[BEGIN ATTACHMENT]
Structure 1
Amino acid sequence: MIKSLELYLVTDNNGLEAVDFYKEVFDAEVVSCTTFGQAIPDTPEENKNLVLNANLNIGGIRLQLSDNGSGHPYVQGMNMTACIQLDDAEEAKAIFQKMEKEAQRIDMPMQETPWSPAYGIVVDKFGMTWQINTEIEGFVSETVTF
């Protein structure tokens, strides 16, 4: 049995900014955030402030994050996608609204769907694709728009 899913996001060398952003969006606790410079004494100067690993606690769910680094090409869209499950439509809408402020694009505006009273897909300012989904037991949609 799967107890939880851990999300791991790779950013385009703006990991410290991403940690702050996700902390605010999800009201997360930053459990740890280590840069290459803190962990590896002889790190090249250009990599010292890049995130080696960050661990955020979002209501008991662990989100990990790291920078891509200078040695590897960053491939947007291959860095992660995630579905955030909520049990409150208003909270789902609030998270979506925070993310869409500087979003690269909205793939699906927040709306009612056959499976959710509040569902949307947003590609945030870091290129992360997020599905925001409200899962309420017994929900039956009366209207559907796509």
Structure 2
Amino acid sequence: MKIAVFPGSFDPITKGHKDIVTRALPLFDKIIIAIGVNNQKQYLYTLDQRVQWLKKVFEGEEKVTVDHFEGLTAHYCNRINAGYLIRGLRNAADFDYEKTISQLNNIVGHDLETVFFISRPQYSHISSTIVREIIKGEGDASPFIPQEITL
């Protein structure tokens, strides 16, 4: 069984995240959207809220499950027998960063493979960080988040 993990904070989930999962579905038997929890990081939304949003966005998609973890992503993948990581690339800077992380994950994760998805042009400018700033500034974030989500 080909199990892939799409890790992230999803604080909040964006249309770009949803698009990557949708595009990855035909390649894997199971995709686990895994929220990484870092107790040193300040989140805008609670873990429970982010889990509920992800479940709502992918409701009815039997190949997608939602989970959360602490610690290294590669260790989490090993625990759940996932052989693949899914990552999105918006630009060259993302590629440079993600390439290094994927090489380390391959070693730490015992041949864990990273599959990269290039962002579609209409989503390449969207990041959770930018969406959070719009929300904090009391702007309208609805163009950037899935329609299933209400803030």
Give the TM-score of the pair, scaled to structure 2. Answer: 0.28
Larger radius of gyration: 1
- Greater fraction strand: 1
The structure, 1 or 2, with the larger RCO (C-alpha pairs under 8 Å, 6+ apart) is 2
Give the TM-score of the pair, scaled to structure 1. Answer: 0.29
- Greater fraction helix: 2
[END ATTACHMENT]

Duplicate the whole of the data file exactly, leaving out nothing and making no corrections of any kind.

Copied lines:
Structure 1
Amino acid sequence: MIKSLELYLVTDNNGLEAVDFYKEVFDAEVVSCTTFGQAIPDTPEENKNLVLNANLNIGGIRLQLSDNGSGHPYVQGMNMTACIQLDDAEEAKAIFQKMEKEAQRIDMPMQETPWSPAYGIVVDKFGMTWQINTEIEGFVSETVTF
């Protein structure tokens, strides 16, 4: 049995900014955030402030994050996608609204769907694709728009 899913996001060398952003969006606790410079004494100067690993606690769910680094090409869209499950439509809408402020694009505006009273897909300012989904037991949609 799967107890939880851990999300791991790779950013385009703006990991410290991403940690702050996700902390605010999800009201997360930053459990740890280590840069290459803190962990590896002889790190090249250009990599010292890049995130080696960050661990955020979002209501008991662990989100990990790291920078891509200078040695590897960053491939947007291959860095992660995630579905955030909520049990409150208003909270789902609030998270979506925070993310869409500087979003690269909205793939699906927040709306009612056959499976959710509040569902949307947003590609945030870091290129992360997020599905925001409200899962309420017994929900039956009366209207559907796509």
Structure 2
Amino acid sequence: MKIAVFPGSFDPITKGHKDIVTRALPLFDKIIIAIGVNNQKQYLYTLDQRVQWLKKVFEGEEKVTVDHFEGLTAHYCNRINAGYLIRGLRNAADFDYEKTISQLNNIVGHDLETVFFISRPQYSHISSTIVREIIKGEGDASPFIPQEITL
């Protein structure tokens, strides 16, 4: 069984995240959207809220499950027998960063493979960080988040 993990904070989930999962579905038997929890990081939304949003966005998609973890992503993948990581690339800077992380994950994760998805042009400018700033500034974030989500 080909199990892939799409890790992230999803604080909040964006249309770009949803698009990557949708595009990855035909390649894997199971995709686990895994929220990484870092107790040193300040989140805008609670873990429970982010889990509920992800479940709502992918409701009815039997190949997608939602989970959360602490610690290294590669260790989490090993625990759940996932052989693949899914990552999105918006630009060259993302590629440079993600390439290094994927090489380390391959070693730490015992041949864990990273599959990269290039962002579609209409989503390449969207990041959770930018969406959070719009929300904090009391702007309208609805163009950037899935329609299933209400803030």
Give the TM-score of the pair, scaled to structure 2. Answer: 0.28
Larger radius of gyration: 1
- Greater fraction strand: 1
The structure, 1 or 2, with the larger RCO (C-alpha pairs under 8 Å, 6+ apart) is 2
Give the TM-score of the pair, scaled to structure 1. Answer: 0.29
- Greater fraction helix: 2